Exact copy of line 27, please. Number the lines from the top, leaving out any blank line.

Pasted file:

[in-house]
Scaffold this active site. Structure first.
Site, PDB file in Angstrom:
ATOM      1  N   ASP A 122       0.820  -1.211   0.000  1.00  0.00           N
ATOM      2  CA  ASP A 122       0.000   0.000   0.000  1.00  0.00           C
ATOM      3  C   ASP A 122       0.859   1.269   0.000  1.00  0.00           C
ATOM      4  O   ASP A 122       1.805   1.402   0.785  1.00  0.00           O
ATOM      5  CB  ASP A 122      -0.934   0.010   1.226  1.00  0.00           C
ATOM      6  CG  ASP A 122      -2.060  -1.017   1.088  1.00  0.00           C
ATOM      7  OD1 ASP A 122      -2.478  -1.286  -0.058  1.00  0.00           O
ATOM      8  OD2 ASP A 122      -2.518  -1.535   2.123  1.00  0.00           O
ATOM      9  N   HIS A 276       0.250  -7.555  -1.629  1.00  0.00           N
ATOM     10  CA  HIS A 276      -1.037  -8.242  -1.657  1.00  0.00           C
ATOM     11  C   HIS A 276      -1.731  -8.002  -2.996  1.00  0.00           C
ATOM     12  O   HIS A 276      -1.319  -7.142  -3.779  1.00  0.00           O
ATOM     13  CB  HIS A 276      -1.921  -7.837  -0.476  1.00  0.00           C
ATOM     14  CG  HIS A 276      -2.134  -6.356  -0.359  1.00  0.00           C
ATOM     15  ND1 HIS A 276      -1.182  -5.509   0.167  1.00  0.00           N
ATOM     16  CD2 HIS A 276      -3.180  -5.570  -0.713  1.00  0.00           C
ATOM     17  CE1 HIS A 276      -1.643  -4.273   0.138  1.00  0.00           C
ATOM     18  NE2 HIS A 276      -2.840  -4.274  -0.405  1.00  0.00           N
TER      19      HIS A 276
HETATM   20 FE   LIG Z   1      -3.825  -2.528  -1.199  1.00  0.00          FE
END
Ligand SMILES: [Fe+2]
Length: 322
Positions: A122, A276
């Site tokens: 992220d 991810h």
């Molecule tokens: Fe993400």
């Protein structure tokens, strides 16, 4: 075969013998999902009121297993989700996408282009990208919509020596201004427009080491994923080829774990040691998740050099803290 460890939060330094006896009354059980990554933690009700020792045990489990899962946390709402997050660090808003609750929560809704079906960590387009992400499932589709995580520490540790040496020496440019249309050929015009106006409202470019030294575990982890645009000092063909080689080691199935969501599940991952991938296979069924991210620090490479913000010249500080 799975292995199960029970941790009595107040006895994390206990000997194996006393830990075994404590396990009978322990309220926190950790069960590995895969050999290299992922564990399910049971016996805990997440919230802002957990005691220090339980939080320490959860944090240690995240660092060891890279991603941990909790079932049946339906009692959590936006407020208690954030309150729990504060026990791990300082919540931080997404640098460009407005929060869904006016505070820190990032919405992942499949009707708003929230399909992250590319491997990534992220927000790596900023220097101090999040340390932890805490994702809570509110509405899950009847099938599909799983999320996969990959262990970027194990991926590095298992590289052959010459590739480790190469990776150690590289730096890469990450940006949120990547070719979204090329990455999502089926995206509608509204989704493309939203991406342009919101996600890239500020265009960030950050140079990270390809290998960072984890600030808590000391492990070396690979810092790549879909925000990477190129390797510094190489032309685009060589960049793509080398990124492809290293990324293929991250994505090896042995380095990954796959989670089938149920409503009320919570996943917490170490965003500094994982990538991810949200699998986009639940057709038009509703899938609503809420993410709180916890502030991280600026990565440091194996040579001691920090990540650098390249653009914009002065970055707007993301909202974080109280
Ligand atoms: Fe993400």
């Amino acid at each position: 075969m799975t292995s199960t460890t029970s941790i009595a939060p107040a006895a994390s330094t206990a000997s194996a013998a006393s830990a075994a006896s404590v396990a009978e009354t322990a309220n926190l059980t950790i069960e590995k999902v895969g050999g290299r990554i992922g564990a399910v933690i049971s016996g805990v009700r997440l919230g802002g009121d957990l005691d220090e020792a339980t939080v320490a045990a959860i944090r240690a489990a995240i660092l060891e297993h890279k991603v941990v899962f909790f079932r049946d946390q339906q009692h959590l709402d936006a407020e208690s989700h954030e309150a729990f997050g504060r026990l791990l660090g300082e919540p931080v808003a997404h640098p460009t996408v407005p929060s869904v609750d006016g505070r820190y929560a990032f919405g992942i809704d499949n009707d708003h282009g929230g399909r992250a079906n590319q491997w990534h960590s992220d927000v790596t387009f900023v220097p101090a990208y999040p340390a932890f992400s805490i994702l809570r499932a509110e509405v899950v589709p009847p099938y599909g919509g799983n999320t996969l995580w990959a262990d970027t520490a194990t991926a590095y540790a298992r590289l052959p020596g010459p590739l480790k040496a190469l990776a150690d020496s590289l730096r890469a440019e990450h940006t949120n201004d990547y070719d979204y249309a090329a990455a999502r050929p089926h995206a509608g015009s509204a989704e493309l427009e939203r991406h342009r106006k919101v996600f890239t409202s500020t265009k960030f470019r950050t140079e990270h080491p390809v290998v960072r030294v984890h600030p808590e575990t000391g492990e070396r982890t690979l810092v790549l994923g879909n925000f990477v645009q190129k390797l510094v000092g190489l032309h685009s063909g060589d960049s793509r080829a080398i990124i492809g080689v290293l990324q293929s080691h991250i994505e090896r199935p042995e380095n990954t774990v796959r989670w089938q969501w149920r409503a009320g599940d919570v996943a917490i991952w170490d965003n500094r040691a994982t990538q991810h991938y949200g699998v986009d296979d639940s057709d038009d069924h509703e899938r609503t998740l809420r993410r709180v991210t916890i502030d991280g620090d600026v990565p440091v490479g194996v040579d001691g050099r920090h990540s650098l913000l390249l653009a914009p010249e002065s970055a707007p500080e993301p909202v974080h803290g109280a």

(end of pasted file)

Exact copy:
Positions: A122, A276